Now you've developed the core content of your plan, you have 3 choices about which training providers to use for your plan - and all come with their own advantages and disadvantages.

That's why most schools opting for a mixture of the following:

In-school staff

Headteachers, senior leaders and other staff often have the knowledge and ideas needed to cover many aspects of behaviour training.

The advantage of using your own staff is you make cost savings, the trainer will be knowledgeable about your school and children and is likely to be more flexible in terms of dates than booking an outside provider.

If some staff members miss the training due to illness, you also have the potential to re-run that training in the future (assuming there’s space in the trainer’s diary).

The disadvantage of using your own staff is that they may not have the depth of knowledge to tackle content about specific behaviour needs.

They may have also learned from experience, rather than benefited from dedicated training on SEMH and behaviour - so their knowledge of classroom management strategies (and when to apply each one) may be more limited

And some members of staff, although confident talking in front of classes of children, may be less confident presenting in front of their peers.

External behaviour training providers

External providers will most often deliver a one hour, half-day or full-day training session on a single topic.

The advantage of using external providers is they will be very knowledgeable and will usually have run the course a number of times in the past. This gives your staff a confident, polished performance with tried-and-tested materials.

The disadvantage of using external, face-to-face training is that it’s expensive - and there can be a delay in arranging training as you have to find a mutually convenient date with your trainer.

Plus there’s no opportunity to repeat the training in the future.

This means you can't repeat the training for staff who were absent - or who join you in the future. This can lead to skills gaps in your team over time.

This is why this form of on-site training can have a short-term impact - one that deteriorates (often quite quickly) over time.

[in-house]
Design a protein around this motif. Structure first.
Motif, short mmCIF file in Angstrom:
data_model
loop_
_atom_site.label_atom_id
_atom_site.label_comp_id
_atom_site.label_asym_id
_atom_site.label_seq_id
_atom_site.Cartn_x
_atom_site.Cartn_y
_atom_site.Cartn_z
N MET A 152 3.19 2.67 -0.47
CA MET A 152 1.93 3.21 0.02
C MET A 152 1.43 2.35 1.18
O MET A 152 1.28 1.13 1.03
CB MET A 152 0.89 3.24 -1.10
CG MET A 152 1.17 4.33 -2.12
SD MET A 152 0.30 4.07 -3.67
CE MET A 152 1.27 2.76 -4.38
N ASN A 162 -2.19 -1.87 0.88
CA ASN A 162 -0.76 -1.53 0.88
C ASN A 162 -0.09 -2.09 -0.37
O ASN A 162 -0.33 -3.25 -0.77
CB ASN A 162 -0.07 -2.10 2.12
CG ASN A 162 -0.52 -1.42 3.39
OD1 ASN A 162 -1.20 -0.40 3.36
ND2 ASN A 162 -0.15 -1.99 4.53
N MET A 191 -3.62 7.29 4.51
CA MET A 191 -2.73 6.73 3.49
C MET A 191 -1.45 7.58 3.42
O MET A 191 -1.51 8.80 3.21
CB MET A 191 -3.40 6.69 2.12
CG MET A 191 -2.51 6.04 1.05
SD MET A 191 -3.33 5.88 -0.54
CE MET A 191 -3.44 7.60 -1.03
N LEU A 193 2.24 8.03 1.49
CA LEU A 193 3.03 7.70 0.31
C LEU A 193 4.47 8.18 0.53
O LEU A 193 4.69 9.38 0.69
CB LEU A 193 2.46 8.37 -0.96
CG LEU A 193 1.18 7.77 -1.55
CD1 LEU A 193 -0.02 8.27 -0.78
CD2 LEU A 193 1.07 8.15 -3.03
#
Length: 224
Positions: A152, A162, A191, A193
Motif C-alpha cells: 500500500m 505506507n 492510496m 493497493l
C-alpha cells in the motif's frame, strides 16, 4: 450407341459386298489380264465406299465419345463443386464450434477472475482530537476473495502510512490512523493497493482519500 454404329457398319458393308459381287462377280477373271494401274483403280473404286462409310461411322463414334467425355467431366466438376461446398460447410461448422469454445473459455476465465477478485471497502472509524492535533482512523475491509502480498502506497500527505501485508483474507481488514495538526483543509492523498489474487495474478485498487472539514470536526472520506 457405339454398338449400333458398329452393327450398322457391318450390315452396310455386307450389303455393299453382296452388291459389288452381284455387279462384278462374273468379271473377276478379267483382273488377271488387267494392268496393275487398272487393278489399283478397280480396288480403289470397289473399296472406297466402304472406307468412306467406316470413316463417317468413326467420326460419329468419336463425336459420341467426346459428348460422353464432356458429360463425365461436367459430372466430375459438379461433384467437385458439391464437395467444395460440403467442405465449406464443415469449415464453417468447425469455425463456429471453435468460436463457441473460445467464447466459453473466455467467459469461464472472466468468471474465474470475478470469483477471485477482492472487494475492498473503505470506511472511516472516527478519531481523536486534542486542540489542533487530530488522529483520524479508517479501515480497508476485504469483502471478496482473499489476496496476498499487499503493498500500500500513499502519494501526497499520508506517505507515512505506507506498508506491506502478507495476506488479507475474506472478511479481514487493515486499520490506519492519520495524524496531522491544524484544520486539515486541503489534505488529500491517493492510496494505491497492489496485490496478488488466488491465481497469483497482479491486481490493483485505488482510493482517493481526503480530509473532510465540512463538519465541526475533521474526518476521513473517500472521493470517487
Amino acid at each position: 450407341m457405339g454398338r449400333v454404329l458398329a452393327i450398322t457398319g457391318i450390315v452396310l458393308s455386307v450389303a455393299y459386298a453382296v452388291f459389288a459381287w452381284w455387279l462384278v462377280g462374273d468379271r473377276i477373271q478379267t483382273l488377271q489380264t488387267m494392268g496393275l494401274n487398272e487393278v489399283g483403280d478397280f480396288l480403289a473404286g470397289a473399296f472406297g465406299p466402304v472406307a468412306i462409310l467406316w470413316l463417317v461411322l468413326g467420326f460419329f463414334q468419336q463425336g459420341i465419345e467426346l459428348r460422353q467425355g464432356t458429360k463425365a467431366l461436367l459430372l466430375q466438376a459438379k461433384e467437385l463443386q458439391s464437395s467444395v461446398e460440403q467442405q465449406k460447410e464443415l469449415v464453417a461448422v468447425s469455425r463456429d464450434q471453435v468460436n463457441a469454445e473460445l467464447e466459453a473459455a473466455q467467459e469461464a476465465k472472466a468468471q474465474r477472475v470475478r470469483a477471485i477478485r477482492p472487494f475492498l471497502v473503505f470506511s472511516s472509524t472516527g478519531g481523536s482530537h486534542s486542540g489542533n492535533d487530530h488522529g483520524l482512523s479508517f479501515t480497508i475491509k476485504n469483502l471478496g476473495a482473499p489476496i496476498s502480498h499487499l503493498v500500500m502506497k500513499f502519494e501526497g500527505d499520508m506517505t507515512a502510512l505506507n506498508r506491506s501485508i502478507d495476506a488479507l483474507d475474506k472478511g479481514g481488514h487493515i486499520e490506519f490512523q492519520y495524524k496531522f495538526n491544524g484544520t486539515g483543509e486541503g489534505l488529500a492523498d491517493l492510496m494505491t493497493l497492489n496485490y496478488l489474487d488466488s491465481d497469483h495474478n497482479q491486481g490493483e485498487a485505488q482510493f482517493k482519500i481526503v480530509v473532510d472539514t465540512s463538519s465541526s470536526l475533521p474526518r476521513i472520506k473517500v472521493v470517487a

(Additionally, coronavirus and social distancing have made face-to-face training with external providers more challenging in recent months.)

Online behaviour training

Online behaviour training comes in a variety of formats, usually as a mixture of videos and quizzes.

The advantages of online behaviour training for schools is:

  • It’s affordable - for instance, our Behaviour 360 online training package only costs £49.99p/m for unlimited access to all our courses (and covers your teaching staff, lunchtime supervisors and parents)
  • It’s instant (you can start using it immediately, so you don’t have to negotiate a date with your trainer)
  • It’s flexible (teachers can train individually or in groups; people can train at different times)
  • It’s repeatable (so new members of staff can benefit from the training in their induction, reducing skills gaps; if you get interrupted, you can come back to it later)
  • It’s joined-up (our behaviour resources describe similar techniques for staff, supervisors and parents - to get everyone pulling in the same direction)

The disadvantage of online behaviour training is:

  • You can’t ask your trainer questions
  • It can be daunting for staff that don’t have basic computer skills
  • Some people find online training a bit unengaging (which is why we keep our training sessions short)

No method is perfect - and most headteachers use a mixture of the above to deliver their behaviour training programme.

In school behaviour training

Conclusion

Headteachers, senior leaders, teachers and parents all know that good classroom behaviour is the bedrock of learning.

Establishing that behaviour is the result of having teaching staff who’ve received the right training, who have high expectations and are confident using the full range of classroom strategies.

Those kinds of teachers don’t happen by accident. They’re developed and nurtured over time in a planned, systematic way.

So here's your 5-step plan for success:

  1. Make sure your behaviour policy is clear and concise
  2. Complete an audit of your staff’s current strengths and weaknesses
  3. Write out a timetable, with dates, for a whole-school behaviour training plan
  4. Write out an induction timetable for new recruits and NQTs
  5. Decide on what mix of training is right for you (in-house, external provider, online provider)

...and get started today!